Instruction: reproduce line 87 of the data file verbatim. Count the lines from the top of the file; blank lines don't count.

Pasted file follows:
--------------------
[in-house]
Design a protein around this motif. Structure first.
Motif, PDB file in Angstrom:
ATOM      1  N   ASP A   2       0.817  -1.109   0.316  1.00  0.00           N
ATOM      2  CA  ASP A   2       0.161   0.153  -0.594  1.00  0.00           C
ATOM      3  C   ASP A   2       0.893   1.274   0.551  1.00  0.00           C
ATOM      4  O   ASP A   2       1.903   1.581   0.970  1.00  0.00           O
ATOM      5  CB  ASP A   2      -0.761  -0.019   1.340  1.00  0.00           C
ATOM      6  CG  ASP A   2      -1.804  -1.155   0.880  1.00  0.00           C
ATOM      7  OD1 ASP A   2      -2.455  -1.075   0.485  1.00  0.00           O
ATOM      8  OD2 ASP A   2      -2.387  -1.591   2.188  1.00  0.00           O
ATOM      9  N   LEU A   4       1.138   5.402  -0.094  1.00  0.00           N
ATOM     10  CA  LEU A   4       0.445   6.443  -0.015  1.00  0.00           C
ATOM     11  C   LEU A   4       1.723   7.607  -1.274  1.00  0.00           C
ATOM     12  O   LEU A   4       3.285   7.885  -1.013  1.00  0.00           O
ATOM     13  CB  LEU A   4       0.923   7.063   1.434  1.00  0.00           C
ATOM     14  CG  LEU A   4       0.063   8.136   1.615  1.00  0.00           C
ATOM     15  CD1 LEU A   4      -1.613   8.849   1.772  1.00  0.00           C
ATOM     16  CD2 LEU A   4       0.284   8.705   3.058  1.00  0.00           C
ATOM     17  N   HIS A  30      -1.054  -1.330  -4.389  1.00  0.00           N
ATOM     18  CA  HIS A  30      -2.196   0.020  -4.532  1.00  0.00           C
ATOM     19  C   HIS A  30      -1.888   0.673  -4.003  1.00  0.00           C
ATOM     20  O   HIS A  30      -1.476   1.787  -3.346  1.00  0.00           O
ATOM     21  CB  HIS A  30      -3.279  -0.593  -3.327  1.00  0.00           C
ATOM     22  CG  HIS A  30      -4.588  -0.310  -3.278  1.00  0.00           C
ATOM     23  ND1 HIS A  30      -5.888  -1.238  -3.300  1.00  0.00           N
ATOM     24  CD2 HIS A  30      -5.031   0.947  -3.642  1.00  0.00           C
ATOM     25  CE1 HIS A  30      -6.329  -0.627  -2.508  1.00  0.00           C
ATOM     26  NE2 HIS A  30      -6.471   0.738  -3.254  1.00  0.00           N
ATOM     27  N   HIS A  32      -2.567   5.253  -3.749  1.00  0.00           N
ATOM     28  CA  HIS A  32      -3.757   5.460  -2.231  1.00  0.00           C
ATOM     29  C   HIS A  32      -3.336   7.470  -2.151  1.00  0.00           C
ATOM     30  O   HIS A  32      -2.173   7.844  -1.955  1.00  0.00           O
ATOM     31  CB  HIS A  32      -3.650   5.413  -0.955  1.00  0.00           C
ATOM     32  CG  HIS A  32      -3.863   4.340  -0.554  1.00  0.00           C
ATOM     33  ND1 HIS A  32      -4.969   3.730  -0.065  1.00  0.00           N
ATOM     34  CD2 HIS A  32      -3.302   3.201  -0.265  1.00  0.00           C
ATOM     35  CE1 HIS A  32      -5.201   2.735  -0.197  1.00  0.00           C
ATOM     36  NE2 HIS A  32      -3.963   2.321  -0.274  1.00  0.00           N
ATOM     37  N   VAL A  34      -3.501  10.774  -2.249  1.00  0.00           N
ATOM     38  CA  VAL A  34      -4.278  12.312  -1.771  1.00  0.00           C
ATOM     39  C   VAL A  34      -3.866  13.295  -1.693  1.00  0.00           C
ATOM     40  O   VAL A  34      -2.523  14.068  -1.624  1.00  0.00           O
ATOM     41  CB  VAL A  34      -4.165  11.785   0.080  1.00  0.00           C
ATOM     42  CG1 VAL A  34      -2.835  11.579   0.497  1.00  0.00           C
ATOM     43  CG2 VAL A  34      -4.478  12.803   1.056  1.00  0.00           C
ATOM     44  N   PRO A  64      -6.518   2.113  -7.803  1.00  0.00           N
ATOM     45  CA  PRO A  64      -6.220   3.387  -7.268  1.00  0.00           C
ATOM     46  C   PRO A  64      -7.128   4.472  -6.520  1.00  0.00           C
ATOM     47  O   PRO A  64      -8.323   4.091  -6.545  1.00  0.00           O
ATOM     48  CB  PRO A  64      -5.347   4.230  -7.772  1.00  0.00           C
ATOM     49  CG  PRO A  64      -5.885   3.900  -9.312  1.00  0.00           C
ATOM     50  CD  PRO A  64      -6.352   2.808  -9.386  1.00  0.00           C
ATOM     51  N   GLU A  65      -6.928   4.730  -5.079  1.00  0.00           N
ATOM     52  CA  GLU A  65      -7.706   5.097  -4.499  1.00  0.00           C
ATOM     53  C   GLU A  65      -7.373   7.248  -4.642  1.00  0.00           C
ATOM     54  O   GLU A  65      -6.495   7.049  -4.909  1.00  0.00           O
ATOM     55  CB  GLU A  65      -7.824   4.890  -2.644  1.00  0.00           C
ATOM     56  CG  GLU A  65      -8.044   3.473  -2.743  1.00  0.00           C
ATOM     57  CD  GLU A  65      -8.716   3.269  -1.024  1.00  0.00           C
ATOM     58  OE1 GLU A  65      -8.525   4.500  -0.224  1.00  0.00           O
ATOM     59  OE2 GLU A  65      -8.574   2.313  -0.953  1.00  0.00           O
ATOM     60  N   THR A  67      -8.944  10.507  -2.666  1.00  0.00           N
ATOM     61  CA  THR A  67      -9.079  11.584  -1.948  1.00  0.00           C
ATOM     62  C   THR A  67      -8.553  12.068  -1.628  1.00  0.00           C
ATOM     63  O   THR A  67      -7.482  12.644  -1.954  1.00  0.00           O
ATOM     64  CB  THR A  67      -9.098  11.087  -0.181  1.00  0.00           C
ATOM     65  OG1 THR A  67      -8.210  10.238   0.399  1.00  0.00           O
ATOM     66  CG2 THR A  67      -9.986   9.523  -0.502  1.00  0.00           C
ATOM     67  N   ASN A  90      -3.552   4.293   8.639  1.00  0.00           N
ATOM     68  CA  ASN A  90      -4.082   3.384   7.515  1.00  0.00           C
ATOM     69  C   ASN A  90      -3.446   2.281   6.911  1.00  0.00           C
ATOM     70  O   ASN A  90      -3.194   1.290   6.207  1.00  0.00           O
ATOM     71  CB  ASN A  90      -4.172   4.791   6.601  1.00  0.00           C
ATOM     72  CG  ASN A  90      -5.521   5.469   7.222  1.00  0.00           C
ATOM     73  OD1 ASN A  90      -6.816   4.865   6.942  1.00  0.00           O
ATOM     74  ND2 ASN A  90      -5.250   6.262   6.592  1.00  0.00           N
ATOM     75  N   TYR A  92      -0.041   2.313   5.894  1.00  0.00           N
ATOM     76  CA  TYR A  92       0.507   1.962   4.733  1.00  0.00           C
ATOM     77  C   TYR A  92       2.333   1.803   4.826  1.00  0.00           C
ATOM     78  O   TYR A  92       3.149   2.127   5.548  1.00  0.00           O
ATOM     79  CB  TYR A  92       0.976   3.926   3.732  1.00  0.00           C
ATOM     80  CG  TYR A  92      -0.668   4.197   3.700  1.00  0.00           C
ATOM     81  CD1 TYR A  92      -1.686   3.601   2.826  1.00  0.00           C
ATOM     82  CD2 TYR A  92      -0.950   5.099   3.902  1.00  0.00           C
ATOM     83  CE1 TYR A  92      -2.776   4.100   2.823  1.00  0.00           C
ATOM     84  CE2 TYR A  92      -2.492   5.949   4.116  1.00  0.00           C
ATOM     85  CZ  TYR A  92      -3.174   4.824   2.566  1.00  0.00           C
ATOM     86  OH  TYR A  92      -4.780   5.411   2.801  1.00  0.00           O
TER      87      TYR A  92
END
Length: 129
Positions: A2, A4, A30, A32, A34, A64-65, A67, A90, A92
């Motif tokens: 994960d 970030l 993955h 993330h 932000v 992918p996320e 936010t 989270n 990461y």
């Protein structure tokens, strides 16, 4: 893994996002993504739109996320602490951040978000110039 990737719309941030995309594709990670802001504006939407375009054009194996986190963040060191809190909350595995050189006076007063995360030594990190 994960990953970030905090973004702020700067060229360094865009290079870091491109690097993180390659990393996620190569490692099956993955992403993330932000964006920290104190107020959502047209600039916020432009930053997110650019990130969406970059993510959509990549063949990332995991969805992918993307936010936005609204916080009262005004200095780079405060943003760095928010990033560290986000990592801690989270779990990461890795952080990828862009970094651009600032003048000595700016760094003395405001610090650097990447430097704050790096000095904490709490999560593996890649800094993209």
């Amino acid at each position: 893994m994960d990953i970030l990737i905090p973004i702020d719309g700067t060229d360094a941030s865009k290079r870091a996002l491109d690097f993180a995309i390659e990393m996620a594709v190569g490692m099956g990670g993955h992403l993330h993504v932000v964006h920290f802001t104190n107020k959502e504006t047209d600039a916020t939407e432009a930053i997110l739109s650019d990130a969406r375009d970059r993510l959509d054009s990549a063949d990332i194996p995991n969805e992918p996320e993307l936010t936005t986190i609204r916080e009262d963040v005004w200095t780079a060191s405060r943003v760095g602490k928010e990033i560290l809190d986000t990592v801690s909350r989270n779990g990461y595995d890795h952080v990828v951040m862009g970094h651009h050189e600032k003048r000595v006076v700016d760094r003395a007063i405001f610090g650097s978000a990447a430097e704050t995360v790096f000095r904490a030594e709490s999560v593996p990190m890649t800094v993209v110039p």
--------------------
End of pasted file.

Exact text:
ATOM     84  CE2 TYR A  92      -2.492   5.949   4.116  1.00  0.00           C